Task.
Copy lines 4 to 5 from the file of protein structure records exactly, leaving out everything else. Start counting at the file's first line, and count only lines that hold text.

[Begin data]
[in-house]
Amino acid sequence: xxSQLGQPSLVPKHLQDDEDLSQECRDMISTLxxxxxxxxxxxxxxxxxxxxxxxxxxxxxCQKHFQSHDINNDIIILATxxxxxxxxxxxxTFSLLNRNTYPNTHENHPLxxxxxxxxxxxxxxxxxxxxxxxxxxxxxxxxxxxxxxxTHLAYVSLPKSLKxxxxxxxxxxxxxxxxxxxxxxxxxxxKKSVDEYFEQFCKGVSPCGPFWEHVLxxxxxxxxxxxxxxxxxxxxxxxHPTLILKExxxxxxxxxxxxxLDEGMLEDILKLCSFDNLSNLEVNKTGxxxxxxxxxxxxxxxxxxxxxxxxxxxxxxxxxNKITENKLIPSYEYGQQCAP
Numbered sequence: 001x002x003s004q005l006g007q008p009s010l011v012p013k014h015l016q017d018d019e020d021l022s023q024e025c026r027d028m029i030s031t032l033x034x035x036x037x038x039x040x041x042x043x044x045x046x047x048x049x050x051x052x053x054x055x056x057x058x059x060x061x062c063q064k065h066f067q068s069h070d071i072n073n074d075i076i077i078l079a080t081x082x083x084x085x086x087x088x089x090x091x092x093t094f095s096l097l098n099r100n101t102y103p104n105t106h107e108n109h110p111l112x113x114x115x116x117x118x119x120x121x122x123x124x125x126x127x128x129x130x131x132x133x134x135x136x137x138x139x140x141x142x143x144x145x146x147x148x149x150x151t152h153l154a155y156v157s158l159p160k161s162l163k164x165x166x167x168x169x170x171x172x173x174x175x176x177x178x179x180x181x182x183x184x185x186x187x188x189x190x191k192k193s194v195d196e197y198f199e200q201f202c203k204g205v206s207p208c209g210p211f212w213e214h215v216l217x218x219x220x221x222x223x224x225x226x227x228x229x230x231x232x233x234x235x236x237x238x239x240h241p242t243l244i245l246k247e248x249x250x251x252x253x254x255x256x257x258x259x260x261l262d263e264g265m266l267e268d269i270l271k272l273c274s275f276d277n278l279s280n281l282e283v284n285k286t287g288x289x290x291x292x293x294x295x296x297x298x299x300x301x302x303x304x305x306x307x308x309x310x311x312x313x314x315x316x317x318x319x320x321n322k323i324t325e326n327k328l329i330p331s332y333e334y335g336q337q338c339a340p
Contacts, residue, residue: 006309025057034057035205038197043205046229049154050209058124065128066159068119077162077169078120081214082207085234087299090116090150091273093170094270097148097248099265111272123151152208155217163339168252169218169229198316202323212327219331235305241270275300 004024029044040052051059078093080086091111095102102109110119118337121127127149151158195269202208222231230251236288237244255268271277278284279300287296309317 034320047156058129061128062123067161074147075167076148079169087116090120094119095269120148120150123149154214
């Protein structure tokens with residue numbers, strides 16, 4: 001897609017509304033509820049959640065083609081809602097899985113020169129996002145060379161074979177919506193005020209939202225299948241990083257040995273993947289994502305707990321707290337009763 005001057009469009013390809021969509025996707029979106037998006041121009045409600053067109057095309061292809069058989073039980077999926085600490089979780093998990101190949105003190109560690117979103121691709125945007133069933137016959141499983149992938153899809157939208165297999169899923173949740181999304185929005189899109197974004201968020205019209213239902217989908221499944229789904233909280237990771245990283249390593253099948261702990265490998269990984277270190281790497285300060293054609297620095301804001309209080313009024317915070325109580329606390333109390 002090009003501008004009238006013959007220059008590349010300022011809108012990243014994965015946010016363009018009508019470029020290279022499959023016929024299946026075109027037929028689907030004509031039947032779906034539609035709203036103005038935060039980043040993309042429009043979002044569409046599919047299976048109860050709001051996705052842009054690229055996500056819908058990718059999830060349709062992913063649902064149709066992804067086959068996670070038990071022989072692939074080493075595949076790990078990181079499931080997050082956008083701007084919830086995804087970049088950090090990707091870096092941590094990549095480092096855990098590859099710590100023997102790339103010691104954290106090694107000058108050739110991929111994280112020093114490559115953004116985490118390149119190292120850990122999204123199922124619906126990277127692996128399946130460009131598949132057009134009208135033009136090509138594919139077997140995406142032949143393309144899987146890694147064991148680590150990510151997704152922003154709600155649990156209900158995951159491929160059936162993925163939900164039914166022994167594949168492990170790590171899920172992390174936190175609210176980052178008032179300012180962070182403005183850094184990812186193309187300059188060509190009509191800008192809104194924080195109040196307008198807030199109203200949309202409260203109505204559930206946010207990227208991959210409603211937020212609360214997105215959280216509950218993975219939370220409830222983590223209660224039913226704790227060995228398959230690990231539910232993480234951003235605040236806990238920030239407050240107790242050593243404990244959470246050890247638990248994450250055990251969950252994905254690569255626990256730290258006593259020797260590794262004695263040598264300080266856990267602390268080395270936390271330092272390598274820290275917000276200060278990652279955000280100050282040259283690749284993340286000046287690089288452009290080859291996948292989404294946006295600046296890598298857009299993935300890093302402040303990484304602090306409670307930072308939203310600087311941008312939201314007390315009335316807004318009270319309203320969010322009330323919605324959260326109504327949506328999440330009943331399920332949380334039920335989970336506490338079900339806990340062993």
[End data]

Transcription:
Contacts, residue, residue: 006309025057034057035205038197043205046229049154050209058124065128066159068119077162077169078120081214082207085234087299090116090150091273093170094270097148097248099265111272123151152208155217163339168252169218169229198316202323212327219331235305241270275300 004024029044040052051059078093080086091111095102102109110119118337121127127149151158195269202208222231230251236288237244255268271277278284279300287296309317 034320047156058129061128062123067161074147075167076148079169087116090120094119095269120148120150123149154214
């Protein structure tokens with residue numbers, strides 16, 4: 001897609017509304033509820049959640065083609081809602097899985113020169129996002145060379161074979177919506193005020209939202225299948241990083257040995273993947289994502305707990321707290337009763 005001057009469009013390809021969509025996707029979106037998006041121009045409600053067109057095309061292809069058989073039980077999926085600490089979780093998990101190949105003190109560690117979103121691709125945007133069933137016959141499983149992938153899809157939208165297999169899923173949740181999304185929005189899109197974004201968020205019209213239902217989908221499944229789904233909280237990771245990283249390593253099948261702990265490998269990984277270190281790497285300060293054609297620095301804001309209080313009024317915070325109580329606390333109390 002090009003501008004009238006013959007220059008590349010300022011809108012990243014994965015946010016363009018009508019470029020290279022499959023016929024299946026075109027037929028689907030004509031039947032779906034539609035709203036103005038935060039980043040993309042429009043979002044569409046599919047299976048109860050709001051996705052842009054690229055996500056819908058990718059999830060349709062992913063649902064149709066992804067086959068996670070038990071022989072692939074080493075595949076790990078990181079499931080997050082956008083701007084919830086995804087970049088950090090990707091870096092941590094990549095480092096855990098590859099710590100023997102790339103010691104954290106090694107000058108050739110991929111994280112020093114490559115953004116985490118390149119190292120850990122999204123199922124619906126990277127692996128399946130460009131598949132057009134009208135033009136090509138594919139077997140995406142032949143393309144899987146890694147064991148680590150990510151997704152922003154709600155649990156209900158995951159491929160059936162993925163939900164039914166022994167594949168492990170790590171899920172992390174936190175609210176980052178008032179300012180962070182403005183850094184990812186193309187300059188060509190009509191800008192809104194924080195109040196307008198807030199109203200949309202409260203109505204559930206946010207990227208991959210409603211937020212609360214997105215959280216509950218993975219939370220409830222983590223209660224039913226704790227060995228398959230690990231539910232993480234951003235605040236806990238920030239407050240107790242050593243404990244959470246050890247638990248994450250055990251969950252994905254690569255626990256730290258006593259020797260590794262004695263040598264300080266856990267602390268080395270936390271330092272390598274820290275917000276200060278990652279955000280100050282040259283690749284993340286000046287690089288452009290080859291996948292989404294946006295600046296890598298857009299993935300890093302402040303990484304602090306409670307930072308939203310600087311941008312939201314007390315009335316807004318009270319309203320969010322009330323919605324959260326109504327949506328999440330009943331399920332949380334039920335989970336506490338079900339806990340062993």